"America is the awesomeist awesome that ever did awesome!" Expect to see something like that in every US presidential candidate's stump speech, over and over, in one form or another. American Exceptionalism is a must, the notion that somehow, fundamentally, America isn't just quantitatively exceptional -covering vast stretches of land with 315 million people - but that it's somehow qualitatively different. Whether it's the landscape, natural resources, cultural properties, historical properties, or whatnot, somehow, America is different, in a way that's better than everyone else.

Your average politico attempting to argue for American Exceptionalism will pull out a bunch of random factoids or snippets to try to argue their point. So I'm going to do just the opposite and pull out a contrast. Since my home is Iceland, how about we look at Icelandic exceptionalism?

(Above: Traditional Icelandic homes like these were based on the old viking homes and were in widespread use up until the early 20th century)

Unlike the overwhelming majority of countries, when Iceland was settled, there was no indigenous population to ethnically cleanse. While most of Europe was still languishing in post-Roman decline, this was the age of enlightenment for the vikings. They settled a loose empire stretching from western Siberia through Iceland to the eastern seaboard of Canada and possibly the US due to their advanced shipbuilding and navigation technologies. In particular their understanding and usage of optics seems to have been exceedingly advanced, such as using light polarization filters to find the sun in a cloudy sky and the construction of aspheric lenses good enough to use in a telescope, long before Galileo. Literacy was widespread among the vikings in general, but particularly in Iceland. The early Icelanders founded what is (arguably) the world's oldest extant national parliament.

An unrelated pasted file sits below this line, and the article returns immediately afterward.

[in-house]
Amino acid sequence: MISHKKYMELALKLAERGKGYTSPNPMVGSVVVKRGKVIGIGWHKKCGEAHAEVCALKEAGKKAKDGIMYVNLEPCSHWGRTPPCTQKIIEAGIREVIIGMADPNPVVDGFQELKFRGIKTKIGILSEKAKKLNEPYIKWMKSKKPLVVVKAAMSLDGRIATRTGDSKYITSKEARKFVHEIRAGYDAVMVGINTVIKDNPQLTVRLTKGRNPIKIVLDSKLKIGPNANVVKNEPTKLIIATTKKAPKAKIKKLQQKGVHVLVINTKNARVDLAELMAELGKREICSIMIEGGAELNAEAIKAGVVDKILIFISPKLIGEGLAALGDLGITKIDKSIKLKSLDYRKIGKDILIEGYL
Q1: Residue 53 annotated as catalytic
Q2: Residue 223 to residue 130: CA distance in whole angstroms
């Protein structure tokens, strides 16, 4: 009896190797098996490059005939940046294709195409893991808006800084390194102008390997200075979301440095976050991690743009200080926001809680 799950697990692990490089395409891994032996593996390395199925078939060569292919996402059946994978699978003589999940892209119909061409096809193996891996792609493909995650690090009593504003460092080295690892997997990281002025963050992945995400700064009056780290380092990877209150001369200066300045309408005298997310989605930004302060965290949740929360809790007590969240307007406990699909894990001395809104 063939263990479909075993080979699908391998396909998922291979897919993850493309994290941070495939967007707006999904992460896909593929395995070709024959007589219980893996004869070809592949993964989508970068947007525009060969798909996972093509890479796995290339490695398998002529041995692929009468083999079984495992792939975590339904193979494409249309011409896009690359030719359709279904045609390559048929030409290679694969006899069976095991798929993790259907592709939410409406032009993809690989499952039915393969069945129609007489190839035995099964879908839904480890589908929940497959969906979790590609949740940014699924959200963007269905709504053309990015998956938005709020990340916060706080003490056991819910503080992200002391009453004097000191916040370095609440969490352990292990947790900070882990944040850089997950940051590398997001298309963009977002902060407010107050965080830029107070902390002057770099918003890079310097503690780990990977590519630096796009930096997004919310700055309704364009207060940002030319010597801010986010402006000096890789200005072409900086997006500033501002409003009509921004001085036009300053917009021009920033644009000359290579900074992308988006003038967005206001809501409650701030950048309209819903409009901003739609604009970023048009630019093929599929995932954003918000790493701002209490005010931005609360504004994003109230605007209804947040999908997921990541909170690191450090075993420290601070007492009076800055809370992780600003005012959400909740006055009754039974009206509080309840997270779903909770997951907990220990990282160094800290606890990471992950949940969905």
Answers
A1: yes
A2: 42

(Above: Reykjavík, with a view toward Esja)

The largest city, Reykjavík, is the northernmost capital of a sovereign state in the world. While relatively small, Iceland holds the wettest spots in Europe, glaciers (one of which is the largest by volume in Europe) which receive over 10 meters of precipitation per year - yet parts of the northeast of the country are borderline desert. Iceland contains Látrabjarg, the westernmost point in Europe, which also houses the largest bird colony in Europe and one of the largest in the world. Iceland also is covered in waterfalls, including Dettifoss, often called the most powerful in Europe. While whether or not it exceeds Rhine Falls depends on how you measure, there's no question that its peak flows far exceed any other waterfall in the modern world. A couple thousand years years ago, about 900,000 cubic meters per second of water flowed across the falls and through the Jökulsárgljúfur canyon system. To put this into perspective, the Mississippi River's average outflow ranges from 7,000 to 20,000, and the average wet season outflow of the Amazon River (by far the largest in the world) is only 200,000 cubic meters. But you don't have to go back 2,500 years to see massive floods in Iceland. In 1755, Katla, who is threatening to erupt again, unleashed a 300,000 cubic meter flood down her hillsides and into to the sea, and has done smaller "jökulhlaups" since then (indeed, the scientific term for "volcanic flood" is an Icelandic word). Should it be any surprise that the world's largest sandur (outwash plain - also a scientific term taken from Icelandic) is in Iceland?

(Above: Ásbyrgi, carved in a matter of days by two jökulhlaup in the past several thousand years)